Wednesday, 14 October 2015

No Two Days Are the Same: Wednesday


My cup of tea arrived at 6:46am this morning.  The tea was very hot so I read a chapter from the book on my bedside table as I waited for the tea to cool down.  Today's chapter is on the topic of kindness.  I was soon engrossed in it and lost track of time, hence I was on the exercise bike a little later than yesterday, resulting in coming back in a quarter of an hour later too.

I ate my breakfast as usual then started on today's main chore: wiping windows and surfaces.  I break the household chores down to smaller tasks and aim to complete one major chore each day so that I don't feel overwhelmed by having to do everything all at once.

8:45am.  I was wiping the windows in my bedroom when Tiger came in to find out what the noise was (he's a light sleeper).  Seeing that it was just me, he went back to sleep for another half an hour.

It was 10:15am by the time he finished his breakfast and his morning chores.  We started with memory work, still working on the same three poems as yesterday.  After that, I read a chapter from The Golden Age of Myth and Legend while Tiger drew another helicopter.  No narration this time but we discussed the similarities between the stories of Pyramus and Thisbe and Romeo and Juliet.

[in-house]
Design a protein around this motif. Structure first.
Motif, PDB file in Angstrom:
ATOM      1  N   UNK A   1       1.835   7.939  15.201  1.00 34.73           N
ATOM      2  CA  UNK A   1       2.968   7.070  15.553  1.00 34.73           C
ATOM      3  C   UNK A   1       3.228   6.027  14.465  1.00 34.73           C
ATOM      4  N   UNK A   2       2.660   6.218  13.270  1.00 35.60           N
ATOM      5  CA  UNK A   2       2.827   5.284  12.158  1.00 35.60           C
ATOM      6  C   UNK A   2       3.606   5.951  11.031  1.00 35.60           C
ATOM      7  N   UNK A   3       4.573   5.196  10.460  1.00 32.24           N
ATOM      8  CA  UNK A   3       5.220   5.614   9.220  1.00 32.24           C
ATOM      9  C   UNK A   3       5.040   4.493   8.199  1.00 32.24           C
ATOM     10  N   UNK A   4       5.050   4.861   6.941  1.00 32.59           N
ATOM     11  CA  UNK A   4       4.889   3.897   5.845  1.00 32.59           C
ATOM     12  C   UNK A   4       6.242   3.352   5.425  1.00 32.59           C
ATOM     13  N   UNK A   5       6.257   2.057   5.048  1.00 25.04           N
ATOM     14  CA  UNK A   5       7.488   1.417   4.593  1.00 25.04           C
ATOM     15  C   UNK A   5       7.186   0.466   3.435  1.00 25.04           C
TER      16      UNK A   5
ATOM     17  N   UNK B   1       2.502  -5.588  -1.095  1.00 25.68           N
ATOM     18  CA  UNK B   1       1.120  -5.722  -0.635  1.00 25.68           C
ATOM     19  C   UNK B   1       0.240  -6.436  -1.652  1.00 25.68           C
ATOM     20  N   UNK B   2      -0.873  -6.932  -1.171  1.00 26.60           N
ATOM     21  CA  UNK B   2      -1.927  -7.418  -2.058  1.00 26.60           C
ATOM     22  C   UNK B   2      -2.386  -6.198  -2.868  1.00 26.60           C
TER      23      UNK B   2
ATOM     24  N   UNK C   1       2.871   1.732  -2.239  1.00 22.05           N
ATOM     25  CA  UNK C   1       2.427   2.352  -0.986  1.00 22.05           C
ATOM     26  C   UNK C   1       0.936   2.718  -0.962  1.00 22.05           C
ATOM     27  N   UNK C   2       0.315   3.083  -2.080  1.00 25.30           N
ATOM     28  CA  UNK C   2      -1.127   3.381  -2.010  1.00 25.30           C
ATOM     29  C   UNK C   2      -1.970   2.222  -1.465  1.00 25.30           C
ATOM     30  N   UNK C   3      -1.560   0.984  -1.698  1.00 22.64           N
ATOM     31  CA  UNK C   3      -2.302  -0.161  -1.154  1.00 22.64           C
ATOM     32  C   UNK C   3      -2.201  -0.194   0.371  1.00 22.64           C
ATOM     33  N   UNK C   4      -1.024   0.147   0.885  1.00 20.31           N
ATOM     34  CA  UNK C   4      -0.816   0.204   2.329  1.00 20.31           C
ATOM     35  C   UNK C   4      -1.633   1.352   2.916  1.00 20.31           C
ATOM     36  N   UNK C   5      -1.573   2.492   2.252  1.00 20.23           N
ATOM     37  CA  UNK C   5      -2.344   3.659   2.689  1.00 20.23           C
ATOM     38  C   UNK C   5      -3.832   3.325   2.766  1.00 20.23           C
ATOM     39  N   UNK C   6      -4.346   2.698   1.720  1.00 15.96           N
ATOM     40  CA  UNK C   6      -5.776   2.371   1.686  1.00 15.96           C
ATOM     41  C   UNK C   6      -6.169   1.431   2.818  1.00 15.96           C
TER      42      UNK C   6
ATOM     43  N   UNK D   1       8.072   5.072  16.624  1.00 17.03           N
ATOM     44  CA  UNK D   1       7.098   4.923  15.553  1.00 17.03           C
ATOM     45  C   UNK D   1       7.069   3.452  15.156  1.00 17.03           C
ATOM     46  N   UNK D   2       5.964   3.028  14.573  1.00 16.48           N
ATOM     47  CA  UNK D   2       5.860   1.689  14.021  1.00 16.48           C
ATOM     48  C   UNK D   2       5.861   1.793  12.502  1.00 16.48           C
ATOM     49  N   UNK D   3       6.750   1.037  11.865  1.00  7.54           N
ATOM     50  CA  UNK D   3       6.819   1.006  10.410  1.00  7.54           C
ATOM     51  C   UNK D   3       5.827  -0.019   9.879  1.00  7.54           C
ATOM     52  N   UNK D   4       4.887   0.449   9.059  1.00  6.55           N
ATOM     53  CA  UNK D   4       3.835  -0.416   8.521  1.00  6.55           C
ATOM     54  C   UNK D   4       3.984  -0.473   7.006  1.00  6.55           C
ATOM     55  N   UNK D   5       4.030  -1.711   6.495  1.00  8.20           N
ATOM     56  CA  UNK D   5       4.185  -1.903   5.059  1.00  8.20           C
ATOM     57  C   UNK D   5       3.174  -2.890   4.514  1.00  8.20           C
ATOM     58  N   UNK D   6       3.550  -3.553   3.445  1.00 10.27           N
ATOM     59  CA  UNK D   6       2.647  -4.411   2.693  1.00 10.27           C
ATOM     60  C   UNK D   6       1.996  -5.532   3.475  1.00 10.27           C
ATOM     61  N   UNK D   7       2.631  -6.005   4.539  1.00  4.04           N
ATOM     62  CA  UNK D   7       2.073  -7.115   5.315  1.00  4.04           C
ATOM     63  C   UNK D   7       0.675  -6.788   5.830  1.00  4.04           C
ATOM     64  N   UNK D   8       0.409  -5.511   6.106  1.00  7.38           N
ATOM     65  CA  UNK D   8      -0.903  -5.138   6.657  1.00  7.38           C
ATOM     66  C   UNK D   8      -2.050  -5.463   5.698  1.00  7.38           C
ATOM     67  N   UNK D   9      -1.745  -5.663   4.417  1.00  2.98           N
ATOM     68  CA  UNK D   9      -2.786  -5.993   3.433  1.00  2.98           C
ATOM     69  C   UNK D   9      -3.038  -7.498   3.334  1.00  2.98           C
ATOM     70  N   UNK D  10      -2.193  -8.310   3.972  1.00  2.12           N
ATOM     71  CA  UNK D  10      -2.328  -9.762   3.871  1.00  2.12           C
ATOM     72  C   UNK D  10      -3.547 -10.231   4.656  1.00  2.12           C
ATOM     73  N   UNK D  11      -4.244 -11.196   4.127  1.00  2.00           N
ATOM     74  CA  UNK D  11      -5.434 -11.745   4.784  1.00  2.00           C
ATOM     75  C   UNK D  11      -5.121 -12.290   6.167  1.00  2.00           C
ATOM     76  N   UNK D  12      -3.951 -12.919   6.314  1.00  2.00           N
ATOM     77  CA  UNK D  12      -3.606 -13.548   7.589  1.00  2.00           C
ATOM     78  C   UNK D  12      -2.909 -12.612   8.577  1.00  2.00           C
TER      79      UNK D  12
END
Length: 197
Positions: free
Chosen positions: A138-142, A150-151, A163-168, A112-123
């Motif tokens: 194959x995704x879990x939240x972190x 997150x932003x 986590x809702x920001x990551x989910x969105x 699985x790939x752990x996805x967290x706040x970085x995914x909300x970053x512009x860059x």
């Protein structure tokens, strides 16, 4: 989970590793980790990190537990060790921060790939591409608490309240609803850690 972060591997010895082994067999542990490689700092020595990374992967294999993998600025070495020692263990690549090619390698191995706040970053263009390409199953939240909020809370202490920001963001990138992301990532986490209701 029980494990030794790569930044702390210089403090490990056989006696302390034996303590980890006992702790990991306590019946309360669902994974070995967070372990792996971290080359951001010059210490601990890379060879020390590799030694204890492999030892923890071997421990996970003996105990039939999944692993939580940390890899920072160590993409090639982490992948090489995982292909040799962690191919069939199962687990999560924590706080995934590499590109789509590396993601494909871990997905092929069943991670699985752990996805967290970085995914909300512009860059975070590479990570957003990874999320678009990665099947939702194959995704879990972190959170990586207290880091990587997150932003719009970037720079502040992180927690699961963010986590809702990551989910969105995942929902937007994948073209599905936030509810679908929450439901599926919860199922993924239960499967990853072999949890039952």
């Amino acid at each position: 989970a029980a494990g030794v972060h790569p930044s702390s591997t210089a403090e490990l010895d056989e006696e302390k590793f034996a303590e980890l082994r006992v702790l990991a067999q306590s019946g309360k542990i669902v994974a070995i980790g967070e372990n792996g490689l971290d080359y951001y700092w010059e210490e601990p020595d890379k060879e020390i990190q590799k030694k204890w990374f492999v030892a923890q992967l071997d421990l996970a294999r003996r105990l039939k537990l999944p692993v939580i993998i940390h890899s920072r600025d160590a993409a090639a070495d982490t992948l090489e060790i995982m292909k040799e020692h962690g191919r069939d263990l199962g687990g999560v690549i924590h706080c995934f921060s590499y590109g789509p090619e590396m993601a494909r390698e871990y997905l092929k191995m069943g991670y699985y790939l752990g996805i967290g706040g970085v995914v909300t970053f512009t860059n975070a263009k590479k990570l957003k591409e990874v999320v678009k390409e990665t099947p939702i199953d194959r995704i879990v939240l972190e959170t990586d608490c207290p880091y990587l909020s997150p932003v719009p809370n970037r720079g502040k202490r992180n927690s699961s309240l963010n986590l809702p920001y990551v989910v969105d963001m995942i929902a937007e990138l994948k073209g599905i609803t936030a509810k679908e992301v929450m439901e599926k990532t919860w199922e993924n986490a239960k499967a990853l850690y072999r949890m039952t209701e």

Then it was on to the meat of the day: history.  We are still in the homework-completion mode, today it's history.  Tiger's homework from his history of medicine class has to do with Mesopotamia, so I thought it would be a good idea to start using the History Odyssey: Ancients (Level 2) curriculum that we have to go through the Mesopotamia section as part of completing his class homework -- I had a look at his homework requirement and found that there are a few overlaps.

Right before we started work, Tiger took put a CD into the player.  It was our music for the week: Mozart's Quintet for Clarinet, 2 Violines, Viola & Cello, in A major KV581!  Would you believe it?  The boy certainly has the right idea about things.


After lunch, we took a 30 minutes break after watching a documentary on ancient Iraq.  Our dining table looked like this at break-time:

We were to resume at 2pm, but my mother called right on the hour so she and I talked for 30 minutes as she updated me with news from her part of the world.

At 2:30pm, I was off the phone so I read another chapter from The Story Book of Science from which Tiger narrated orally.  At this point, my husband came home from work!  He has a flexible work arrangement such that he works from home half the time and today is one of those days.  Another half hour was taken up with us fussing about him before all of us resumed work - my husband to his work in the home office, Tiger and I back to the Sumerians in the dining area.

By 4:30pm, Tiger has completed four lessons in the History Odyssey: Ancients (Level 2) curriculum and said he has had enough of Sumerians and cuneiform for a day, so I asked him to take a break.  While he was enjoying the Blueberry Bakewell Cake (a modified version of this recipe) that I made yesterday and a cup of mint tea, I got started with dinner.


Tiger's final commitment for the day was tennis.

It was 8pm when we got home.  My husband had a work-related call to take then so we waited until 8:30pm to have dinner together.  This evening was a short one but we spent it together as a family, which is nice.

Tiger is in bed now, and I am going to join my husband to watch a movie.